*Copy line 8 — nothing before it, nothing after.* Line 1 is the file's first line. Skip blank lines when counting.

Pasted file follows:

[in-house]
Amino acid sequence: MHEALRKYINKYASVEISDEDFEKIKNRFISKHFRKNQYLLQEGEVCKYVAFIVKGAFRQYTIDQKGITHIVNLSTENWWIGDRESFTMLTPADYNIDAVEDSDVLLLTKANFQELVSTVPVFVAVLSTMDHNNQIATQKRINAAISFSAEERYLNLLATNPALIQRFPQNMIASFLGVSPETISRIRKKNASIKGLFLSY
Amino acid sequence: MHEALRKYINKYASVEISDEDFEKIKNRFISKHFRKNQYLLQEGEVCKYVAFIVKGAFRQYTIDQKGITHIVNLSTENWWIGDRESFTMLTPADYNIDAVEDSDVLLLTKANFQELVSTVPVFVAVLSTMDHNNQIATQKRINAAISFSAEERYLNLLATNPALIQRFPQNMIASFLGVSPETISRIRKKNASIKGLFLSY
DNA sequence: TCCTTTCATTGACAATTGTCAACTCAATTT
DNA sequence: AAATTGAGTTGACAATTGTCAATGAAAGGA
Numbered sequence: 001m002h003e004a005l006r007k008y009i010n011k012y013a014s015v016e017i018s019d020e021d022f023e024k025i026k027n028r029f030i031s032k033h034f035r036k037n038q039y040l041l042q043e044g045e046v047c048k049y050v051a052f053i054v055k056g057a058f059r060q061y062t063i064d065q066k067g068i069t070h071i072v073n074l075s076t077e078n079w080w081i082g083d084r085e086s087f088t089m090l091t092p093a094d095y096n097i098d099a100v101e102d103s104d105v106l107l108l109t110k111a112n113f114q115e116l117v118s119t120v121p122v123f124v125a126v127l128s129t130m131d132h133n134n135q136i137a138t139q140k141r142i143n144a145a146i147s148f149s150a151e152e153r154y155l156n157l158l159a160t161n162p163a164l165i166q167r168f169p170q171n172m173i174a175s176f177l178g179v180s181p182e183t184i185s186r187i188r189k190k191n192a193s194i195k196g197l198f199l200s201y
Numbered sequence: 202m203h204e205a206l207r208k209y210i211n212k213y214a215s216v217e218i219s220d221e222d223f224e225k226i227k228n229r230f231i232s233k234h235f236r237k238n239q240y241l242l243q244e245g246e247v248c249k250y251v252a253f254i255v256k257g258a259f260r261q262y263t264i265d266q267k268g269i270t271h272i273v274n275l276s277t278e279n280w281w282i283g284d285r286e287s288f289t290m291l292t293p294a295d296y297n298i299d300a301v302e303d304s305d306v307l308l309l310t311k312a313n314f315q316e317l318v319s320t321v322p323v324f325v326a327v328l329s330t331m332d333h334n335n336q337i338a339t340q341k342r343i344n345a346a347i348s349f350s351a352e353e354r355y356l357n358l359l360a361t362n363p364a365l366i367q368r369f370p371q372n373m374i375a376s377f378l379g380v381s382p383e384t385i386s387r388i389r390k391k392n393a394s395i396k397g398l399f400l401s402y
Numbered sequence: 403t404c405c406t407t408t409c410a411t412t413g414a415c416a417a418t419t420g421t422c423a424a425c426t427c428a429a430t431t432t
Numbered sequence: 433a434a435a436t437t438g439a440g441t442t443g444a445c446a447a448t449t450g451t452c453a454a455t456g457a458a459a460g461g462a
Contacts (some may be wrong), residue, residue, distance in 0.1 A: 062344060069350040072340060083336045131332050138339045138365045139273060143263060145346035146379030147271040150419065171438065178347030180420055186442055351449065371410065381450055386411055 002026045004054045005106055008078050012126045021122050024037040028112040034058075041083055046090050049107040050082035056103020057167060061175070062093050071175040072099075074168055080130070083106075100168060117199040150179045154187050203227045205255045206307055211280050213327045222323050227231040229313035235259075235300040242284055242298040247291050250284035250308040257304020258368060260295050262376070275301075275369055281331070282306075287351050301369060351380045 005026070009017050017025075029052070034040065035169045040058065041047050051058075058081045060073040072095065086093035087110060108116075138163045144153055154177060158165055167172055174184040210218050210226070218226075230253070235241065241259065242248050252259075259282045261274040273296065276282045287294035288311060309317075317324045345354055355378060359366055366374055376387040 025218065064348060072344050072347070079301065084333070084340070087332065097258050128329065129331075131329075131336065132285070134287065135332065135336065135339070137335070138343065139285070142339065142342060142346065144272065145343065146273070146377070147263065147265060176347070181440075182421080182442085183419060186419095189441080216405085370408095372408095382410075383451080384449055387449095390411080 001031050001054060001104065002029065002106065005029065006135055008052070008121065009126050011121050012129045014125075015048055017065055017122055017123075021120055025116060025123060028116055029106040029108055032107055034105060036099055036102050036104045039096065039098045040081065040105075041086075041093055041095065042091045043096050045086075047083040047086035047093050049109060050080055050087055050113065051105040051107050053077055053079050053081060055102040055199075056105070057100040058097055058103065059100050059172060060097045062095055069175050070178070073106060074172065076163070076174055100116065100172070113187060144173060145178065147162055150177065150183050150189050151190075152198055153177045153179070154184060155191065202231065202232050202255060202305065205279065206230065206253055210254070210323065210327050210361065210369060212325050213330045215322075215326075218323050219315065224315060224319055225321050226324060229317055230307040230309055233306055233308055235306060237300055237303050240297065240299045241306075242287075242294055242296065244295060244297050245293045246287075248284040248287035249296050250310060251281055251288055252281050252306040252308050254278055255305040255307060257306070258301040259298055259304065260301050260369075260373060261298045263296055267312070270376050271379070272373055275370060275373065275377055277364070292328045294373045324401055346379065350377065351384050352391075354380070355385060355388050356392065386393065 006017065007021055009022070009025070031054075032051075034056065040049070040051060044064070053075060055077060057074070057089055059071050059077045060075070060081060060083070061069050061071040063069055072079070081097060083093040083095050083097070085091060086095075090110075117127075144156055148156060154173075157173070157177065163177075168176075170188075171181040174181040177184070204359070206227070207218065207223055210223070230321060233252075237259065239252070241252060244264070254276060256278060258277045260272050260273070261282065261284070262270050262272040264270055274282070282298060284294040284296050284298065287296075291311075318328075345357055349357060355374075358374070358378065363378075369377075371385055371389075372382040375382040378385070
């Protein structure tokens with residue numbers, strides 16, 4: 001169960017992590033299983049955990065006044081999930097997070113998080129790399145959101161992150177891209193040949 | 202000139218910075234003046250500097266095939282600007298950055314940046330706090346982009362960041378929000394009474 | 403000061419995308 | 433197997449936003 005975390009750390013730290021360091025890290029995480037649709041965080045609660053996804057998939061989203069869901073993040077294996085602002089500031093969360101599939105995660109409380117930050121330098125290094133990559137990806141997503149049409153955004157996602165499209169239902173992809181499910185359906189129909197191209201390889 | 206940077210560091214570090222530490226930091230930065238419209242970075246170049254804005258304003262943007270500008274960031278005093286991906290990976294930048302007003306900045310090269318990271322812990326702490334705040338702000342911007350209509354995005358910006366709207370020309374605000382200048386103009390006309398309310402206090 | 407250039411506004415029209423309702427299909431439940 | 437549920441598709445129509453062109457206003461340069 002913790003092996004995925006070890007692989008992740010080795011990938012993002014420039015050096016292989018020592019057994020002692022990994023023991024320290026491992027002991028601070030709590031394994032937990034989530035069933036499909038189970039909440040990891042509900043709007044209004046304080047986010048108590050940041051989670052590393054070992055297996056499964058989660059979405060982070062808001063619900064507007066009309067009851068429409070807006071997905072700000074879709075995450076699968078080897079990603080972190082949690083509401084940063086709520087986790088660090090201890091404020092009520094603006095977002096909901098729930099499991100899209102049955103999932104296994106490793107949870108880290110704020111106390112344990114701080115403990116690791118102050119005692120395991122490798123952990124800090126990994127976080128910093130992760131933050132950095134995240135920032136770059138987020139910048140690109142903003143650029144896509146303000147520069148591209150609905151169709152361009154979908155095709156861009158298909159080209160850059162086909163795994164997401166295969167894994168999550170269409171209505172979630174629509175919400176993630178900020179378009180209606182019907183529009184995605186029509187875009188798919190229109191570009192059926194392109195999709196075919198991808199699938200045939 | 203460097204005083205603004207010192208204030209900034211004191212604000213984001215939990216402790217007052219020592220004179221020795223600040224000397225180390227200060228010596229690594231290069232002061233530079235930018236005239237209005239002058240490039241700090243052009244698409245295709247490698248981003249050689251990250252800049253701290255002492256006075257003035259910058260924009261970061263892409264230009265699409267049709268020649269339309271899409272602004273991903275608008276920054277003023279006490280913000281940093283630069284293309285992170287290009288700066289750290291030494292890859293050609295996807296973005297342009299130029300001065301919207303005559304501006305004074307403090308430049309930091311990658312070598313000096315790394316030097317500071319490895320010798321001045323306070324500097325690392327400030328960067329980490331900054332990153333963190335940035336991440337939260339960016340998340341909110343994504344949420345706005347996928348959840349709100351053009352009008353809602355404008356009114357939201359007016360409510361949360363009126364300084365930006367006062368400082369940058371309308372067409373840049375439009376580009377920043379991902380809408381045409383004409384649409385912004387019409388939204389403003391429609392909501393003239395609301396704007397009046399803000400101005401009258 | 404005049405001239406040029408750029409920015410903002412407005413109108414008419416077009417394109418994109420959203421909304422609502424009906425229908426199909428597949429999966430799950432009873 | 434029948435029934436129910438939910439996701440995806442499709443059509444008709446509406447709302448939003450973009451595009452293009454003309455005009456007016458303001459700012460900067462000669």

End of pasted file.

Numbered sequence: 403t404c405c406t407t408t409c410a411t412t413g414a415c416a417a418t419t420g421t422c423a424a425c426t427c428a429a430t431t432t